The Order of Marriage
It seems obvious once you think about it, so why did it take so long to occur to me? Here it is: married couples are supposed to have sex. Lots and lots and lots of sex. As much sex as monks and nuns have prayer. Okay, maybe not that much (the Divine Office takes hours a day, after all), but why not? Because sex is "dirty"? Because marriage is only one notch up from burning? Because sex really "should" be only about making babies and anything else is simply self-indulgent, probably sinful excess?
Wrong! Sex is none of these things, at least, not sex in marriage. Sex in marriage is holy and sanctified. It is the reason that marriage is a sacrament. Far from insisting that it would have been better for them to call the whole thing off and vow themselves to perpetual celibacy, Jesus made wine for the couple getting married at Cana. Sex in marriage is right and pure. It is also, I have finally realized, a form of worship as well as an expression of love.
I certainly hope you all are grinning about now. "My, oh, my, Fencing Bear, what have you been up to these past couple of weeks? We knew it was something because you weren't writing to us anymore." Well, I'm not going to tell you; not all of it. But I do want to tell you this. Wives, love your husbands. Do not be afraid of lusting after them, desiring them with every fiber of your being (sorry, I don't have enough practice writing about love in this way; cliches are bound to creep in--so be it! There's a reason they're cliches; sometimes it's the only words that we have to describe the way that we feel). Husbands, desire your wives, don't put them on a pedestal just because you are married now and think that the only way you are going to have the kind of sex that you had before getting married (if you did) is to look for someone else with whom you can be "naughty." Be naughty together because in marriage there are no limits to what you are allowed to do, so long as it is in love.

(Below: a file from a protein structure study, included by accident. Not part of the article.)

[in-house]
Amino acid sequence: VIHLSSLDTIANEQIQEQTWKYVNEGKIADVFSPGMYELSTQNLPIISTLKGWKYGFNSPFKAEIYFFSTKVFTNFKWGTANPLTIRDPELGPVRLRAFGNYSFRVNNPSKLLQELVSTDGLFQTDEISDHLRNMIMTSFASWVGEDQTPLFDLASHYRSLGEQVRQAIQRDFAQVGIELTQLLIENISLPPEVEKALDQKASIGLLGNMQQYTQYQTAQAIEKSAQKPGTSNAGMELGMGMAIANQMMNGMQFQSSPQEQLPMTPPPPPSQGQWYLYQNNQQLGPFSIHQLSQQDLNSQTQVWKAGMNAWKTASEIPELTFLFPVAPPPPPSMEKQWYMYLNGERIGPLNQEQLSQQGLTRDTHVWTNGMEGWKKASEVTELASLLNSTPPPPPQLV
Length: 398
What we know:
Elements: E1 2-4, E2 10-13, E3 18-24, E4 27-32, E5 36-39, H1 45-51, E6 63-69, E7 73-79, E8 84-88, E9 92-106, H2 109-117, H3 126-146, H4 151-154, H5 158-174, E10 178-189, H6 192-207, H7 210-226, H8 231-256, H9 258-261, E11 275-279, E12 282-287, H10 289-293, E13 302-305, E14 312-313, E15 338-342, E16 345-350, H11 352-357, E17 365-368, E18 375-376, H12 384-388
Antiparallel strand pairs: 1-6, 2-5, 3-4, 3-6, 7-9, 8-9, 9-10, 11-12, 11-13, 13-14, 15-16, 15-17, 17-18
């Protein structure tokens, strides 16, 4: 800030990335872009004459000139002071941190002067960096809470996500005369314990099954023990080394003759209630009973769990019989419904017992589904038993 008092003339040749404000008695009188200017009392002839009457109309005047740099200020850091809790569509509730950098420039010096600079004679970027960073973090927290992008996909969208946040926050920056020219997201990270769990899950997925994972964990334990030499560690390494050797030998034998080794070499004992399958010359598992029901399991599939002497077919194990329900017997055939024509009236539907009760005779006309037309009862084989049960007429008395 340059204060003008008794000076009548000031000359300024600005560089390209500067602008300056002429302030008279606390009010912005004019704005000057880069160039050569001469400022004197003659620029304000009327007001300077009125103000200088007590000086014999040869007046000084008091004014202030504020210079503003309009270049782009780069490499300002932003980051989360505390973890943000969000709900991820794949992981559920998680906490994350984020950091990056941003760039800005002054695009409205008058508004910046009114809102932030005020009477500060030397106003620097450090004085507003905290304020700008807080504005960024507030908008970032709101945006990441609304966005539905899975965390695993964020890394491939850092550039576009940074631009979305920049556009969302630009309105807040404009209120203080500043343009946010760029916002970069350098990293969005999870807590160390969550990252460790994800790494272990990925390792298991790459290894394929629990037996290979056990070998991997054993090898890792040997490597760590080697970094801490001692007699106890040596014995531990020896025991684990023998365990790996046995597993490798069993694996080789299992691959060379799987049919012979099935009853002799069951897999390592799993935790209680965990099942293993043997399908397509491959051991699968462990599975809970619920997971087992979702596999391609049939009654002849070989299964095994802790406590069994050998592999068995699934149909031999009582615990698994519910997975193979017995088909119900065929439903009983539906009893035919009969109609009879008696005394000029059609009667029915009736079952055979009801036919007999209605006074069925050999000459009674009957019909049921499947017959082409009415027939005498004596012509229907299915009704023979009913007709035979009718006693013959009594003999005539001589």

But not just in love. This is not an exhortation to go have sex with anyone you please just because you say you love each other. The point is marriage and the promises that you have made to be faithful to each other, through sickness and health, poverty and wealth, the bad times as well as the good. That's why marriage is not only a sacrament but also, to use the old medieval terminology, an "order." It's what I've been searching for all these years and didn't know it. Or maybe I knew it but was afraid to admit it, I'm not sure. Here I've been, worrying about why I couldn't seem to learn how to pray, thinking that it was somehow a matter of becoming a monk (or a nun), when all along it was staring me in the face: love your husband. And through your husband, learn to love Christ.
Let me be clear if I haven't already been: married couples are supposed to have sex. But isn't sex dirty? Isn't marriage rather second-best to a life of celibacy and prayer? Possibly, but then I lost my virginity (or found my womanhood) some time ago, so I don't really know what a life of sanctified celibacy would be like. What I do know is how deadening accidental celibacy in marriage can be. Accidental because you get "too busy" to spend time with each other. Accidental because you "really need to finish this now." Accidental because somehow everything other than each other has gradually, insidiously been allowed to become more important than simply being together in love. That's what I mean when I say that married couples are supposed to have sex: not that they are obliged to (the dreaded "payment of the marriage debt," God help us), but that being together in love is supposed to be their focus, not simply something they do when they happen to have time.